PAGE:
Combined, the Windows operating system and the screen reader allow me regular telephone access using a CapTel (captioned telephone). CapTell allows the deaf who speak clearly to receive written captions on a telephone screen as the caller on the other end of the telephone line speaks; the readout is much like closed-captioning used on television. A captionist listens to the caller, and then speaks to a computer that is programmed for speech recognition to the specific captionist. The message is then digitized, transmitted over regular telephone systems, and readout to the CapTel integrated console.
CapTel began as a stand alone system with its own telephone console for readout, then adapted to the computing environment using a USB and LVD port configuration. The computer enhancement allows me to run CapTel as yet another application on the desktop. When the CapTel application is opened, it can be read as standard video by a sighted person; or by the screen reader in the same way Outlook or MS Word is read. Thus, I receive captions on the Focus 80 Refreshable Braille display. I answer by voice.
The CapTel telephone console and its USB/LVD software that interface to the Dell PC and Windows operating system are a commercially available telephone handset distributed by Ultratec, Inc. It operates as a direct dialing number on two telephone lines: either a digital line and standard data line; or two standard data lines. It requires minimal training for first level support to install and maintain; and routine vendor servicing agreements to repair.
Training for JAWS and the Focus 80 Refreshable Braille display are provided by Freedom Scientific or independent consultants. A typical course covers two days of 8 hour sessions at an hourly rate for a consultant. First level support and I have participated in such courses for three different refreshable Braille displays running JAWS since 2001. A standard software maintenance agreement can be purchased. JAWS software upgrades are almost simultaneous with new releases of Windows and Office suites. Hardware upgrades occur less often and vary with each manufacturer. Standard warranties are available.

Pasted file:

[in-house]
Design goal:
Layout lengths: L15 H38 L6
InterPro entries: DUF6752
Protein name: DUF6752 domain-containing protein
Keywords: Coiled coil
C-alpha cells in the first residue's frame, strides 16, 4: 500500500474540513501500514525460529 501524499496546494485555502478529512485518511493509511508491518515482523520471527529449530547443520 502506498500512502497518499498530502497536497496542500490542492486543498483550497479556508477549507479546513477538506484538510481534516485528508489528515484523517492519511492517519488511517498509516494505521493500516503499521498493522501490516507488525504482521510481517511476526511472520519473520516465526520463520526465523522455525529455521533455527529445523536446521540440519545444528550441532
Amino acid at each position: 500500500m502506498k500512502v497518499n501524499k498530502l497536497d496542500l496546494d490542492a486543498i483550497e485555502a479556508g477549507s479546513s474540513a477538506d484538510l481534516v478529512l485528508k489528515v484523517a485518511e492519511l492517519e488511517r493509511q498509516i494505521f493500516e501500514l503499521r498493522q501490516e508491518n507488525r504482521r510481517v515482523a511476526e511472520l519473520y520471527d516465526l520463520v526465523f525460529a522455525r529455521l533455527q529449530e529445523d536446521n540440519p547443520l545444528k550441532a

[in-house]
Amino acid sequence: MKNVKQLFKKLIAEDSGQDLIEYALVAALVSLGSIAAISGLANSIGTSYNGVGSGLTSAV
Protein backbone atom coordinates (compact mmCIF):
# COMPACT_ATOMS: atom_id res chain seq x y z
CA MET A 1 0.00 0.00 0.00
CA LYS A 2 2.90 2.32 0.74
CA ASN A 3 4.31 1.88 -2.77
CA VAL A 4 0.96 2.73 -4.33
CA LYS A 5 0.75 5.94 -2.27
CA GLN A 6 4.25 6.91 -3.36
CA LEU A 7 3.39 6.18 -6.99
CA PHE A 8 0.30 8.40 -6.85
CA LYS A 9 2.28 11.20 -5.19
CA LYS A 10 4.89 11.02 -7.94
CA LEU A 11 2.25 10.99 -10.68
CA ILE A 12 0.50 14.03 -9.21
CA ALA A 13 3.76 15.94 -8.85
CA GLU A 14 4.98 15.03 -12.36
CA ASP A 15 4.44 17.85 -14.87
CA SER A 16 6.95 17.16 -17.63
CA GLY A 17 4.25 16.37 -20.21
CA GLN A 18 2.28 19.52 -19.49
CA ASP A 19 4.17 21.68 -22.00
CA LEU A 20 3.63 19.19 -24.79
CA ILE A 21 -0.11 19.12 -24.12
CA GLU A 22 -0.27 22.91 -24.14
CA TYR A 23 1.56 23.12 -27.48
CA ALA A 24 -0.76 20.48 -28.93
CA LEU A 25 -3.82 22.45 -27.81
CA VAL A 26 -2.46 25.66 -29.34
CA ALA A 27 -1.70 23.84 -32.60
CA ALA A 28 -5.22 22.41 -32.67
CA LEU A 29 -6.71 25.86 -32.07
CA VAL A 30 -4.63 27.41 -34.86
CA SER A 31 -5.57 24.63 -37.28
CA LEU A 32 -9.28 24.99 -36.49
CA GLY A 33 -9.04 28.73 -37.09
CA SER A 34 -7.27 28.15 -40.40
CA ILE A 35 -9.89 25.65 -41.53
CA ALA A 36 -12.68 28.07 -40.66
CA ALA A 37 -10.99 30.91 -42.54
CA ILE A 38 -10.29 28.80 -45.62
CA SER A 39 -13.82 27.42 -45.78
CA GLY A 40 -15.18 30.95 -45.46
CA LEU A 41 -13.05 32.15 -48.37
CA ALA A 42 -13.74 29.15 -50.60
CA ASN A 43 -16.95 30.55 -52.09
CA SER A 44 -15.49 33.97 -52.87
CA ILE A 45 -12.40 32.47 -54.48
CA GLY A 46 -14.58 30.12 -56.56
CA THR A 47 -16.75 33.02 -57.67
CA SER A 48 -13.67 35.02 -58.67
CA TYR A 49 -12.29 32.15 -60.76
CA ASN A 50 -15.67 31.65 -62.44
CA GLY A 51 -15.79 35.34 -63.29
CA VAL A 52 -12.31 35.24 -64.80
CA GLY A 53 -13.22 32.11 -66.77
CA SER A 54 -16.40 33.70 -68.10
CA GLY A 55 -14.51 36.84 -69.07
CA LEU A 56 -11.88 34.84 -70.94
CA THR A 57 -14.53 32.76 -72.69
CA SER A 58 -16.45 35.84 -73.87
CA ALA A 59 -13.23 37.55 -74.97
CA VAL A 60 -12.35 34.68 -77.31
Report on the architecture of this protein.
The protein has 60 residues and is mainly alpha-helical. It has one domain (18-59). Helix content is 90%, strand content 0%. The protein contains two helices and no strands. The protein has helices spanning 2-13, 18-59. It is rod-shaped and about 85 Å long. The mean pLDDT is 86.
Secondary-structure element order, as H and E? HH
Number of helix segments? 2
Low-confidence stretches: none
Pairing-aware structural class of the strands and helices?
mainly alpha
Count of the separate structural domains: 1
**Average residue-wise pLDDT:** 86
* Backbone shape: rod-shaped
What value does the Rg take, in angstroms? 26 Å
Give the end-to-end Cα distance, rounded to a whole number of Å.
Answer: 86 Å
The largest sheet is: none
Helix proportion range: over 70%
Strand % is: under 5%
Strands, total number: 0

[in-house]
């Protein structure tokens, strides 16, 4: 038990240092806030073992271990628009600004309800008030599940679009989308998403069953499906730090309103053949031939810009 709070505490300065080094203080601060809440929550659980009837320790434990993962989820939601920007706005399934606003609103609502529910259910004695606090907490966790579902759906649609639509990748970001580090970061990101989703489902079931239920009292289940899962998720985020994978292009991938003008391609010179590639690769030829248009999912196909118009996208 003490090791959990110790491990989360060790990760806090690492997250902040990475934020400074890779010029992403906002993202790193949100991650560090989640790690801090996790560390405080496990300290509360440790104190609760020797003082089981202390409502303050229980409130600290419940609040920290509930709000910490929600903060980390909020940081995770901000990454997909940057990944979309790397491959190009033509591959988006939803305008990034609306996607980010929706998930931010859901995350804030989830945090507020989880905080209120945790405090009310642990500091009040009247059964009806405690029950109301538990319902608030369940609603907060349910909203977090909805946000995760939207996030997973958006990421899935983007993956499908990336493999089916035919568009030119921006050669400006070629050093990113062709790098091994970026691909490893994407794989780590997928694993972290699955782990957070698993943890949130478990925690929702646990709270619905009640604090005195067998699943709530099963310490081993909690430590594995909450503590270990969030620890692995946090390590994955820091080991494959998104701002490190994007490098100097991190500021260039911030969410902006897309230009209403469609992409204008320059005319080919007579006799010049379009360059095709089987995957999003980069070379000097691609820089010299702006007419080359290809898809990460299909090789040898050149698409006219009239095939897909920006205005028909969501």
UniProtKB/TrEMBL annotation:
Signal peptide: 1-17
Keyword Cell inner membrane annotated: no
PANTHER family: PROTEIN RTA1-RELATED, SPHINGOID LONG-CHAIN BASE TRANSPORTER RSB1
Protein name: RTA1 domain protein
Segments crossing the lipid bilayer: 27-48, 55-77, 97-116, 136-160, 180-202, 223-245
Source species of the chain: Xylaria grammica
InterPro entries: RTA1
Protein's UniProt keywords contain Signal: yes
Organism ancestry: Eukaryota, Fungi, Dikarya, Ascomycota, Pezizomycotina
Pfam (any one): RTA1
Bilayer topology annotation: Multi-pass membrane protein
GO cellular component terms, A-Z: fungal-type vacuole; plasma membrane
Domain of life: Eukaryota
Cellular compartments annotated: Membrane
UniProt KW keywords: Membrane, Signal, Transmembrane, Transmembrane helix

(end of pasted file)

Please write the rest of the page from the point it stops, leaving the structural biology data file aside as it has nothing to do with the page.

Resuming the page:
Outside the computing environment, I use specialized, stand-alone tools. The Optacon (OPtical to TACtile CONverter) provides immediate access to print material and replicates all visual images in a tactile array felt by one hand. The Optacon is particularly useful in specialized formats, such as tables and graphs, to represent the visual presentation in true facsimile. Maintenance of the hardware is provided by a specialized electronics firm through standard vendor agreements.
To acquire auditory cues in the office, I use the AlertMaster 60 and its remote sensors. The system includes a vibrating pager to notify me of: telephone rings, fire alarm sirens, or e-mail ring announcers. It is commercially available through Ameriphone, Inc and carries a routine service agreement. Little or no training is required to deploy and maintain it.
My friend is looking for work as a technical writer; her communication skills rival those of all my colleagues!